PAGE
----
Weed’em Out Early
Weed control in sunflower should begin well before the crop is even planted
The most serious losses from weed competition in sunflower occur during the first four weeks after crop emergence, according to Leon Wrage, South Dakota State University extension weed specialist.
Needless to say, your weed control management should begin well before then. This spring, avoid planting sunflower on fields with a heavy weed history or where perennials are a problem. Note too that carryover of herbicides used the previous season may injure sunflower.
Wrage is a strong believer in a chemical “burndown” of weeds in sunflower before planting even begins. “Weeds just absolutely have to be controlled at the starting point,” he says. “Experiments and experience suggests that split treatments of glyphosate is perhaps the best early-season approach for the sunflower producer.”
He advises the first application three to four weeks before planting to control the season’s first flush of weeds, including small wild buckwheat at the two to three-leaf stage. Follow up with another application at planting to get additional weeds.
“One problem with performance is where they have been trying to do a burndown at planting when weeds have already grown large,” Wrage says. “But when weeds get too big it can be difficult to get all of the axillary buds along the stem killed, and you may get regrowth or an incomplete kill. Doing a burndown when weeds are small before planting sunflower and then another at planting, you should be able to get control in the 90s (percent).”
SDSU’s recommended per-acre application rate is 16-32 oz of glyphosate - 3 lb acid equivalent (ae, 4 lb active ingredient, ai); 13-26 oz – 3.75 lb ae (5 lb ai); 12-24 oz - 4 lb ae (5.4 lb ai); or 11-21 oz - 4.5 lb ae (5.5 lb ai) (.38-.75 lb ae). North Dakota State University’s recommendations: 0.5 to 2 pt of a 3 lb ae/gal conc. or 0.4 to 1.6 pt of a 3.7 lb ae/gal conc or 0.38 to 1.5 pt of a 4 lb ae/gal conc. (0.19 to 0.75). See label for more details.
Keep in mind that temperature and moisture stress can affect herbicide performance, including glyphosate, which depends on translocation. This fact was evident last year. “When it was cold early, weed growth in some cases was so slow it took two weeks before you could notice results from that first early burndown,” Wrage says. “When there was moisture stress, some weeds, kochia for example, just stopped growing. Then when we got moisture, treatment effectiveness picked up again.”
Last year’s drought could mean more weed worries for sunflower growers this year. “There were a lot of wheat fields that were hayed and didn’t get a later treatment. Huge seed crops were produced. There was a lot of kochia and Russian thistle that rolled into fences. Fields that didn’t have kochia before might have scattered seed now, and weeds from other adjacent areas as well.”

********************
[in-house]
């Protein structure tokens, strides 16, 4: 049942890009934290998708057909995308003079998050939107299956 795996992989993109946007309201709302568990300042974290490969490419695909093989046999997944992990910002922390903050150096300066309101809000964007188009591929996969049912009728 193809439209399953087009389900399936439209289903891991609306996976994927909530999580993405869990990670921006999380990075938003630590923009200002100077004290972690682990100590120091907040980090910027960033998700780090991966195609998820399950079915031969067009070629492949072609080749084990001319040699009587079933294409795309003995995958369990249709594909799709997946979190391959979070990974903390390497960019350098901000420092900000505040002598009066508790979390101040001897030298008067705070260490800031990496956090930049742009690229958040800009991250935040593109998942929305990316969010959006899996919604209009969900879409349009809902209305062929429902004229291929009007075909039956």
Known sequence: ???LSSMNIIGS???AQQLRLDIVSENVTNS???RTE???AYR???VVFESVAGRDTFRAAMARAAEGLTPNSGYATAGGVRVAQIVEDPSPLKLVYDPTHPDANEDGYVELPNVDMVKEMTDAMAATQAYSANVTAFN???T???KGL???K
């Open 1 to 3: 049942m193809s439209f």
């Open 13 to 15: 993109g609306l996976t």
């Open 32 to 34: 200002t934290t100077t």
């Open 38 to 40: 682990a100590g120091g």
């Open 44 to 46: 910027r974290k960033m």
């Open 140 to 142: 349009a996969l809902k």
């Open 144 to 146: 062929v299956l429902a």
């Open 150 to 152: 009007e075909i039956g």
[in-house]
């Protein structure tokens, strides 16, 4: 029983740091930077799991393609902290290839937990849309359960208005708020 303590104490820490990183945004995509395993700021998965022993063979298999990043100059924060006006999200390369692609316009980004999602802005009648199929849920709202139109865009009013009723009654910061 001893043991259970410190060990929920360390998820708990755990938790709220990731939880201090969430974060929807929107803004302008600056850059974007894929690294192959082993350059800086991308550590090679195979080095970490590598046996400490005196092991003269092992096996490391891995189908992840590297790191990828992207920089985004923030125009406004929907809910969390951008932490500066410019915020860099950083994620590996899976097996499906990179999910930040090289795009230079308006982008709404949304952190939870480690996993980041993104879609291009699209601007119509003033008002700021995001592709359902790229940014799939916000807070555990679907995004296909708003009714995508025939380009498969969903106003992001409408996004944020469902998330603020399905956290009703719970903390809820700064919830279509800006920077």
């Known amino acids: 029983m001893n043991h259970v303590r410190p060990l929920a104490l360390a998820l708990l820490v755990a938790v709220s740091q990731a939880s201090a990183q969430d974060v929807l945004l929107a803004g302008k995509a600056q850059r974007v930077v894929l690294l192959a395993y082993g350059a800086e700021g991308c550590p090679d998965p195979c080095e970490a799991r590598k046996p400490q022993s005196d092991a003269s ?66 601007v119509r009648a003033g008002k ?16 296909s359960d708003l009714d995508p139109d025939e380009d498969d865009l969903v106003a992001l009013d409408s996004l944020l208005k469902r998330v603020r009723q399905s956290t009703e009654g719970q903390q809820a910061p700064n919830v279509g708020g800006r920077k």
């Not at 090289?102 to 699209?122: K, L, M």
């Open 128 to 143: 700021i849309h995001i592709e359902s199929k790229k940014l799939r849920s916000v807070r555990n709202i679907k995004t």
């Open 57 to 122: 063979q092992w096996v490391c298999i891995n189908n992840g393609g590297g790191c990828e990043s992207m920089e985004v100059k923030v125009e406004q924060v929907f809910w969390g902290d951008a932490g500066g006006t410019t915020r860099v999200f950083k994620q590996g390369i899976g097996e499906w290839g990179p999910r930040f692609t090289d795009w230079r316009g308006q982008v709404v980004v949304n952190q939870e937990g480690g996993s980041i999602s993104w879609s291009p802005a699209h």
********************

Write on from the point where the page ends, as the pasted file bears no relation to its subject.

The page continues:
Spartan is the most effective option currently available for kochia control in no-till. Consider applying it at least two weeks before planting to allow ample time for moisture to trigger product activation. “Then follow up with that burndown at planting so kochia that emerged during that period can be burned off,” says Wrage.
Generally, about one-half to three-quarters of an inch of moisture is needed for treatment activation. Sam Tutt, northern technical manager for FMC, manufacturer of Spartan, says the product can be applied up to 30 days prior to planting without jeopardizing treatment effectiveness.
Trifluralin (Treflan) and Sonalan offer grass and some broadleaf weed control; and Prowl offers early preplant control of foxtail. But the pre-plant treatments need incorporation, which risks disturbing precious topsoil moisture. A light harrow is not adequate for the incorporation needed to work granules into the two inches or so of soil for optimum weed control, says Wrage.
The need for good sprayer cleanout when switching from one chemical to another is obvious. Sunflower is highly sensitive to herbicides such as 2,4-D, picloram, dicamba, MCPA, Ally, and Amber, Wrage says. Use caution as well to prevent drift when spraying pastures, small grain, and other crops adjacent to sunflower.—Tracy Sayler
Weed Info Online
2002 Field Survey Pinpoints Weed Problems
A field survey conducted by the National Sunflower Association in eight sunflower-producing states last fall helped pinpoint grass and broadleaf weed problems in sunflower.
The majority of fields surveyed were in North Dakota (265) and South Dakota (131). Weeds surveyed across all states included 21 broadleaf: annual smartweed, biennial wormwood, Canada thistle, common cocklebur, common lambsquarters, devil’s claw, kochia, lanceleaf sage, marshelder, nightshade species, Palmer amaranth, punturevine, redroot pigweed, Russian thistle, common ragweed, giant ragweed, waterhemp, wild buckwheat, wild mustard, wild sunflower and woolyleaf bursage; and 8 grass: barnyardgrass, downy brome, field sandbur, green foxtail, yellow foxtail, quackgrass, volunteer grain and wild oat.
Broadleaf weeds with the highest densities across the survey area included kochia and the pigweed species redroot pigweed, waterhemp and Palmer amaranth. Puncturevine was commonly found in Colorado and Kansas. Most common grass weeds across the survey area were green foxtail and volunteer grain.
Kochia, redroot pigweed, wild buckwheat, green foxtail and yellow foxtail were weeds at the highest densities in South Dakota
In North Dakota, kochia generally was the most common broadleaf weed. Other common broadleaves included Canada thistle, marshelder, redroot pigweed, Russian thistle, common ragweed, and wild mustard. As in South Dakota, the foxtail species
were the most common grasses present in the survey.
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